16 Engrossing Drama And Improv Games For Teens

If your teen is shy or has difficulty making friends, improv games for teens can help them come out of their shells. These games can be a great way to help them open up and express themselves better. They will help them mingle with other children more easily. Moreover, active and energetic teens can channel their energy into these drama games while exploring their creativity. So, here’s our list of some fun and interesting improv games. Read on to know more.

In This Article

Drama Games For Teens

1. Count the one, two, threes

Let your teen pair up with a partner for this fun game. It is an absorbing way to improv concentration and hone one’s multi-tasking abilities.

  • First, ask your teen to stand facing the partner and keep counting one, two, three over and over again.
  • Once the pair can do so comfortably, ask them to clap their hands instead of saying ‘one.’ They will still have to say two and three out loud. So the pattern will be a clap, followed by saying two, three out loud.
  • Once the pair can do this step, they have to exchange the word ‘three’ for the act of bending their knees. So, the pattern will be a clap, say the word ‘two’ out loud and then bend the knees. It has to continue like this over and over again.
  • Once your teens can master these movements and do them properly, ask them to create their steps and incorporate the same.

2. The truth and lie hide and seek

Drama game

Image: IStock

The aim of this drama game is to try and improv the facial expressions. Your teens will have to master the art of convincing and maintaining their expressions, whether they are lying or are being truthful.

  • If there are many teens around, they can all sit down in a circle to play the game. In case there are not too many teens, you can divide them up into pairs and ask them to sit facing each other.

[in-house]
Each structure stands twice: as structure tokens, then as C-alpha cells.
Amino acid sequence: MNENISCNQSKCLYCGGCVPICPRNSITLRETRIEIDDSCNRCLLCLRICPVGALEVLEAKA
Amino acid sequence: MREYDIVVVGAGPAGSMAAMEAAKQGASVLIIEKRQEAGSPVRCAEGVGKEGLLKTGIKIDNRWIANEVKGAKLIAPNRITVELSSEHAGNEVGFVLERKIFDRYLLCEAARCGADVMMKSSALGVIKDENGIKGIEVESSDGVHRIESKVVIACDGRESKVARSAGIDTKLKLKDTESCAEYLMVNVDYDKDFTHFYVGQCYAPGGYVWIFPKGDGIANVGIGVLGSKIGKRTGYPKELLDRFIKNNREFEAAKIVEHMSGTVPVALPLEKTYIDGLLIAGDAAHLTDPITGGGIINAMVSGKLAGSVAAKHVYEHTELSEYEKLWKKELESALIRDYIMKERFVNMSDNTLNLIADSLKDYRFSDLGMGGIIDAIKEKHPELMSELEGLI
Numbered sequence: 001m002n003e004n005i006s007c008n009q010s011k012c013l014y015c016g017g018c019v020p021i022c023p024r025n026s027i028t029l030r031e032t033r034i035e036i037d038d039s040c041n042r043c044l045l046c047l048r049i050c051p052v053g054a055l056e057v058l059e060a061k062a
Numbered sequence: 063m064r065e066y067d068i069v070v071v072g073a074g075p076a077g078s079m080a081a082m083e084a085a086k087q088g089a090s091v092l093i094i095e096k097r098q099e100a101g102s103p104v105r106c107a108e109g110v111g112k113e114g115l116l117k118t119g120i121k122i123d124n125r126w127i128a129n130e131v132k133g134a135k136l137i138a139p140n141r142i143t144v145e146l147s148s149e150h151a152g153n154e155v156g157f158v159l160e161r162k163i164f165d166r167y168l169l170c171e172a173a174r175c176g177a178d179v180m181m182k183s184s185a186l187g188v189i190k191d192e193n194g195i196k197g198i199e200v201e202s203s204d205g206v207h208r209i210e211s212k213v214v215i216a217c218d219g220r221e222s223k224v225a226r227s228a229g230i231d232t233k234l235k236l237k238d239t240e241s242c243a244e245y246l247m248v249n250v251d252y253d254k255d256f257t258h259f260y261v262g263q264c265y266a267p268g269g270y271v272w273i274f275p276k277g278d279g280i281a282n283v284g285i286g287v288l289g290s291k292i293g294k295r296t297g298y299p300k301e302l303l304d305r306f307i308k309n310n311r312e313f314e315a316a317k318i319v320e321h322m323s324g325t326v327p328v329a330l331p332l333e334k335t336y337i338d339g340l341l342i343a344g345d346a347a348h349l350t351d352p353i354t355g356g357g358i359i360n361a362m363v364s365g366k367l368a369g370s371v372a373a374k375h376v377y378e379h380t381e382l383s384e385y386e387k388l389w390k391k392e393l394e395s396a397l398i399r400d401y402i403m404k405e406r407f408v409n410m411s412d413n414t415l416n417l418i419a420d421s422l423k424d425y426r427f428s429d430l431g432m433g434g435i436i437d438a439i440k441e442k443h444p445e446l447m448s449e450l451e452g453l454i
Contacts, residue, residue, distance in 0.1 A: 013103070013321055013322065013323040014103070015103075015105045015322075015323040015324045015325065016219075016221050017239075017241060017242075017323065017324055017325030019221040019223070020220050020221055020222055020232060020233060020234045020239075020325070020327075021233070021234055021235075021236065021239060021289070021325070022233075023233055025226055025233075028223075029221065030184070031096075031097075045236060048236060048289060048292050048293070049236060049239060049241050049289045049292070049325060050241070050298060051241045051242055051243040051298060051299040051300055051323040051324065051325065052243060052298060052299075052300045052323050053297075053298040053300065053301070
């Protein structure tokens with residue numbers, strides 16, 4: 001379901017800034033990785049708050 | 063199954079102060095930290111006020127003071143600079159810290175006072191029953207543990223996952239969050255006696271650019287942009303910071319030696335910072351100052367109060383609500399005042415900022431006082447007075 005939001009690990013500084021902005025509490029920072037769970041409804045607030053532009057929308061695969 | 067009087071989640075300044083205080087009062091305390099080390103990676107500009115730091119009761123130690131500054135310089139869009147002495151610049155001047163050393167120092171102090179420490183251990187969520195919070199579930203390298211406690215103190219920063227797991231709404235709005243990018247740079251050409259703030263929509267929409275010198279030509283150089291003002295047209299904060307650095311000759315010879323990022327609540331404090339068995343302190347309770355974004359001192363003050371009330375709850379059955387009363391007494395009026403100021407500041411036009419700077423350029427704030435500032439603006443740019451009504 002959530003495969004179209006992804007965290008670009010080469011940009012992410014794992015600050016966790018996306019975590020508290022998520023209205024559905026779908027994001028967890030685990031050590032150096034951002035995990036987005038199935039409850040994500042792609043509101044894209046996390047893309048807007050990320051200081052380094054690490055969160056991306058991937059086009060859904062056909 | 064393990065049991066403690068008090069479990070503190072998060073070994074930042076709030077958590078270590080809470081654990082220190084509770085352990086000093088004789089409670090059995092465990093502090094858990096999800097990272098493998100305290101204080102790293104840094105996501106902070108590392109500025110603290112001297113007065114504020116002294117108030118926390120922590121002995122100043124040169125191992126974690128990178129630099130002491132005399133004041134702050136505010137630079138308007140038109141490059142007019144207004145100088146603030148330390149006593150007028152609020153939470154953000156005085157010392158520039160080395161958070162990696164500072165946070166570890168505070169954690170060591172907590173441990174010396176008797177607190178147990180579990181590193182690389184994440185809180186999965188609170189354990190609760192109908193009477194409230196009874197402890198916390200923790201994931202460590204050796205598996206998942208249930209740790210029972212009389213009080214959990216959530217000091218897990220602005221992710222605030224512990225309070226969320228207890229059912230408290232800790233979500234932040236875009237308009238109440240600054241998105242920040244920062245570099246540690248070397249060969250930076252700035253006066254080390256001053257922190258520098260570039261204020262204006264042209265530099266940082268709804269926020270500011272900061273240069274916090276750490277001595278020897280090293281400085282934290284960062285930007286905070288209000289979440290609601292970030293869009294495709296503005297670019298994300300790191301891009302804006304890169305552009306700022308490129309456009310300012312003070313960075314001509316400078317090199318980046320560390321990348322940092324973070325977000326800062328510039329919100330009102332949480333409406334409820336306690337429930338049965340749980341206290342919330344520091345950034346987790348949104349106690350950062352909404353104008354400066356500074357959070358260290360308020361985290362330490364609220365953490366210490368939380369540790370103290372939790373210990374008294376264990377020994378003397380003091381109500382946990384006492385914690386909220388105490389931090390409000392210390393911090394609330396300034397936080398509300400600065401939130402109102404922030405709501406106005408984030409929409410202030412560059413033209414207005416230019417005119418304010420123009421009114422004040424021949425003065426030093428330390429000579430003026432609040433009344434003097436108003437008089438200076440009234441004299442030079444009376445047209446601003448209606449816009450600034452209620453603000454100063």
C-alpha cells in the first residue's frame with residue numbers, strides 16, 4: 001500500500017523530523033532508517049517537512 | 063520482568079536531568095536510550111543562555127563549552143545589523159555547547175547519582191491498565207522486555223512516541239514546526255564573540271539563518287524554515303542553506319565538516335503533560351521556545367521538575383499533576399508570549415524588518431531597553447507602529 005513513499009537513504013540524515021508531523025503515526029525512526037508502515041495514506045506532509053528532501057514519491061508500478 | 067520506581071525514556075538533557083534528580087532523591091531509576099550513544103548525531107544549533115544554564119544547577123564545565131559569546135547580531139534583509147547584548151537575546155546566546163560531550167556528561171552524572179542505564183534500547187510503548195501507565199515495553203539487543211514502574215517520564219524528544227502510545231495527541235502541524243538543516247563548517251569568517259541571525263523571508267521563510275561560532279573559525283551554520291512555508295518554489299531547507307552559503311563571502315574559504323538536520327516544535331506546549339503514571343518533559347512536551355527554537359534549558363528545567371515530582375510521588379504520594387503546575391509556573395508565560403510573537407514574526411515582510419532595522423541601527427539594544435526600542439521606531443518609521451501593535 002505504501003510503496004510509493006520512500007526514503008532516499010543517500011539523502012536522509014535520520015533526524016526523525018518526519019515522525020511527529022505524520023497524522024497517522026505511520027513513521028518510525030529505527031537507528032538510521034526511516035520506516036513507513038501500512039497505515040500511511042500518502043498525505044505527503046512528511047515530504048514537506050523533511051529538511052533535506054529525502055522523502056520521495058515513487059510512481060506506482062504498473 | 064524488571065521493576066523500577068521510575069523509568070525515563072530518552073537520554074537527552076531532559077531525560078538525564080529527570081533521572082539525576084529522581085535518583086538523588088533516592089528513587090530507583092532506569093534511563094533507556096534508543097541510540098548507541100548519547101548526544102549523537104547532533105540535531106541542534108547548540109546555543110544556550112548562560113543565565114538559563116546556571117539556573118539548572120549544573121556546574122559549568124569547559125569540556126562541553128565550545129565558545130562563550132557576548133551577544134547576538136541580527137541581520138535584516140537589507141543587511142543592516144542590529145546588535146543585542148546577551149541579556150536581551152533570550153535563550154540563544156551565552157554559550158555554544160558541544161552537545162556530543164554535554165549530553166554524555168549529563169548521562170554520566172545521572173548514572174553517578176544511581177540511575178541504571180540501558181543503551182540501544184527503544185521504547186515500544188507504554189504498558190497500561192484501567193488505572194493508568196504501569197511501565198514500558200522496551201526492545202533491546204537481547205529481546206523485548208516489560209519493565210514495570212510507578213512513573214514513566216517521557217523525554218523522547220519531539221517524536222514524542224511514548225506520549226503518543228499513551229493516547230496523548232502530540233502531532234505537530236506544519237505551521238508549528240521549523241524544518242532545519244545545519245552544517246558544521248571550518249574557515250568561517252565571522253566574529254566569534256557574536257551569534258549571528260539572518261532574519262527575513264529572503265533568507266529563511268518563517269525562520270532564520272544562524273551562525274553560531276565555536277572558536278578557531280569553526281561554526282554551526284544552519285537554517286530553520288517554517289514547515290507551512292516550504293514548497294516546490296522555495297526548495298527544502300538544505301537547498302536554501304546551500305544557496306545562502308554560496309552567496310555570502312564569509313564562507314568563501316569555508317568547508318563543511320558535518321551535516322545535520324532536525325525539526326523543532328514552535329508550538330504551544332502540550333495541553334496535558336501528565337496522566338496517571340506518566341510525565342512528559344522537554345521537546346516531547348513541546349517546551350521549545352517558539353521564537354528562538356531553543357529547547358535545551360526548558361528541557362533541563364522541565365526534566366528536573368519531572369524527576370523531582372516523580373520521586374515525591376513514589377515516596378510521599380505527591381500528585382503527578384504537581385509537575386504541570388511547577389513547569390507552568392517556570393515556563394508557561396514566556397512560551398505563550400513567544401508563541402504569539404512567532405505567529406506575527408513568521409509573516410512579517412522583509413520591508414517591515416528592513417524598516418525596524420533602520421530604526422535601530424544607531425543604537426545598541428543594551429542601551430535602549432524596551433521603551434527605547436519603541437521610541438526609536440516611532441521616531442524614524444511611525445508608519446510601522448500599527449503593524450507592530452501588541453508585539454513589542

• For the game, each teen has to start by introducing himself with three lines about self. The teens will have to say two true things about themselves, but one lie to the audience. While doing so, your teen will have to try and keep the expressions as calm and natural as possible, so that the other teens are not able to spot the lie.
  • The other teens who are listening to the introduction will have to try and read the facial expressions and detect the lie. Once a teen gets caught, he steps out of the game, while the teen who found the lie wins a point.
  • The teens can also play this as a group challenge, where one team will be the spotters and the other team has to lie. The teens in the lying group can choose who will tell the lie. Once ready, the teens in the lying group can introduce themselves with one sentence each. While all the teens in the group will tell the truth, only one teen will lie. The other group has to try and spot out who is lying. You can keep reversing the groups into the lying and the spotting teams for each round.

protip_icon Point to consider
To make it tough for others to catch your lie, use two boring statements – one is a lie, and one outrageous statement is true. The opponent will likely fall for the trick and choose the statement as a lie even though it’s true.

3. Catching the name

Here is a fun way to introduce your teen to new friends, or just throw a challenge game amongst friends. It will help build concentration.

  • Let your teen and friends sit in a circle. For the game, your teen can use a ball or a throw pillow.
  • The teen with the ball or the pillow has to throw it at random at any other teen in the circle. While doing so, the teen who is throwing the ball will have to say his name out loud. For instance, if your teen is throwing the ball while doing so he will have to say “Hi I’m so and so.” Make sure that your teen is looking at the other teen while saying his name. Once the other teen receives the ball, he has to throw it to another teen while saying his name.
  • First, let all the teens get comfortable with each other and be able to practice this over and over again.